4-800mg/day

Sea salt – provides full spectrum of inorganic salts as found in the sea.

¼ tsp 2 x day

Water – “cools the system”, and along with salt keeps tissues hydrated

More than you would usually take (60 ozs minimum)

These suggestions are based on the work of Dr Michael Schachter, and his recent presentation at the annual ACAM conference in 2010. (Schachter, 2010) The presentation outlines the history of iodine and sea salt in medicine over the last 150 years. These recommendations hold true for lower doses of iodine as well, such as those used in the management of hypothyroid conditions, i.e sea weed, iosol, iodoral, atomadyne, etc., and should be maintained while using iodine therapy of any kind.

The result of high Iodine intake can also lead to the suppression of thyroid function. In fact, high doses of Iodine were the main treatment for hyperthyroidism for part of the 20th century, until the development of more specific goitrogens, such as methimazole, which inhibits the hydrogen peroxidase enzyme system, thereby diminishing thyroid function. The doses of Iodine used for this application are between 300 and 900mg per day, but even in areas of high daily iodine intake from seaweed, thyroid suppression has been reported. (Japan)

Iodine is not the only radiation protective agent we have, and the toolbox of botanical and nutritional medicine is full of additional support, not only in the case of an emergency, but for everyday life. The use of high dose iodine for the inhibition of uptake of radioactive iodine is a special case.

From the WHO: Guidelines for iodine prophylaxis following nuclear accidents -

1999 update

“In Poland stable iodine, as single doses, was given to 10 million children (11). No serious side effects were seen, though gastrointestinal effects and minor skin rash were reported. Of newborn infants receiving 30 mg potassium iodide in their first two days of life, 0.37% (12 infants) showed a transient increase in serum thyroid stimulating hormone (TSH), combined with a decrease in serum free thyroxine (T4). This transient thyroid inhibition has had no known consequences to date. Seven million adults took stable iodine although it had not been recommended. Among these, only two severe adverse reactions were seen, both in persons with known iodine allergy. In summary, the incidence of severe side effects from a single dose of iodine was less than 1 in 10 million in children and less than 1 in a million in adults.”

Careful consideration must be taken in cases of:

- past or present thyroid disease (e.g. active hyperthyroidism)

· known iodine hypersensitivity

· dermatitis herpetiformis

· hypocomplementaemic vasculitis.

“To protect against inhaled radioactive iodine, a single dose of stable iodine would generally be sufficient, as it gives adequate protection for one day. This may well be enough to protect from inhaled radioactive iodine present in a passing cloud. In the event of a prolonged release, however, repeated doses might be indicated If intake of radioactive iodine through inhalation is prolonged, the recommended single stable iodine dose (cf. Table 2) will be repeated daily. This would most probably cause no harm. However, in children showing skin reaction to the first dosage, the stable iodine administration should not be given repeated doses.”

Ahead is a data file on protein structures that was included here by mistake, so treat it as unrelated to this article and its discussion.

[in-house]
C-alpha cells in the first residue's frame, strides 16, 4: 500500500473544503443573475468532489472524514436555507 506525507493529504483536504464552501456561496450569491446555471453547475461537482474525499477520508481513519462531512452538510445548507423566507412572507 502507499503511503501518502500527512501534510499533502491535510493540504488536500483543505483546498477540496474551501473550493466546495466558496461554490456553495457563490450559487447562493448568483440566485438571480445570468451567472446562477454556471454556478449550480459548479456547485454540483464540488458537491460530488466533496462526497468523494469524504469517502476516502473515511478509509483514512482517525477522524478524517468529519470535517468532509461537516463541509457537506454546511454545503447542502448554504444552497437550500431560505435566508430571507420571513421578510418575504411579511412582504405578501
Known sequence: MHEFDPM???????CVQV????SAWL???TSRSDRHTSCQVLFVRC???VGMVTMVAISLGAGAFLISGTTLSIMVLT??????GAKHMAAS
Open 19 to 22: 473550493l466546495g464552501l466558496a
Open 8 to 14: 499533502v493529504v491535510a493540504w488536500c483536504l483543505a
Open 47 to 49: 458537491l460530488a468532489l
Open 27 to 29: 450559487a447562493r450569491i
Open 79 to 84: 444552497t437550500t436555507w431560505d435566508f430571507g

Table 2. Recommended single dosage of stable iodine

according to age group:

Adults and adolescents -100mg Iodine = 130mg KI = 170 mg KIO3

Children 3-12 yr old – 50mg Iodine = 65mg KI = 85 mg KIO3

Infants 1 month to 3 years – 25mg Iodine = 32mg KI = 42 mg KIO3

Neonates – up to 1 month – 12.5 mg Iodine = 16 mg KI = 21 mg KIO3

“In general, appropriate control of foodstuffs is to be given priority as the countermeasure against ingestion of radioactive iodine. In the exceptional case that this is not possible, or when it would lead to deficiency of essential nutrients such as milk, prophylaxis with daily doses of stable iodine can be continued for a few days, or even weeks, in this group, as necessary.”

So, what to have on hand?

There are many iodine products on the market today, and be sure to check the potency of each product so that you can dose accordingly if the need arises.

I carry a product called TriQuench at Jade Mountain Medicine that contains 25 mg of KI (potassium Iodide) per drop. To reach the 130mg per day dose recommended by the WHO, I would have to take 5 drops per day, plus a little additional seaweed or sea veggie caps.

Topical iodine solutions (betadyne, others) should never be consumed internally and are not as consistent with regard to dosing, but if there are no other options, these can be painted on the skin for iodine absorption. Some websites outline general dosing considerations for these products.

The dosing for general thyroid health is a completely different topic.

Basic protocol for radiation protection everyday:

Adaptogens – Natura’s Vital Adapt or Power Adapt formulas – 2-4 droppers 2-3 x day

Natura’s Cell Guardian formula – Broccoli seed, cabbage sprout, wasabi rhizome, DIM, Selenium, and more – regulates cell behavior – turns on tumor suppressor genes (p53)

2-4 caps 2 x day

Natura’s Botanical Treasures formula – Green tea, Resveratrol, Grape seed and skin, etc.

3 caps 3 x day (with each meal)

Cytoredoxin (Integrative therapeutics) – Vit E, C, NAC, Selenium, antioxidants – 1-2 caps 2 x day

Sea Veggie caps (Williams OR) – 1-2 caps 2 x day

Miso soup with seaweed – drink daily

Coconut oil, milk, water

Avocados

Addendum:

Iodine has a half-life of about 8 days

How long to take the high dose of iodine will be dependent on the conditions of the situation, but radioactive iodine is heavy and will settle out of the air rather quickly, ending up on the ground, and into food and water supplies.

10 mGy = 1 Rad (Radiation conversion from milliGray’s to Rads)

For more information about Iodine protection from radioactive fallout, google: WHO Guidelines for Iodine Prophylaxis following Nuclear Accidents. (Update 1999)

It provides advice on how to obtain optimal protection of public health in the application of the presently recommended “generic intervention level of 100 mGy (10 Rads)”

To obtain full effectiveness of stable iodine for thyroidal blocking requires that it be administered shortly before exposure or as soon after as possible. However, iodine uptake is blocked by 50% even after a delay of several hours.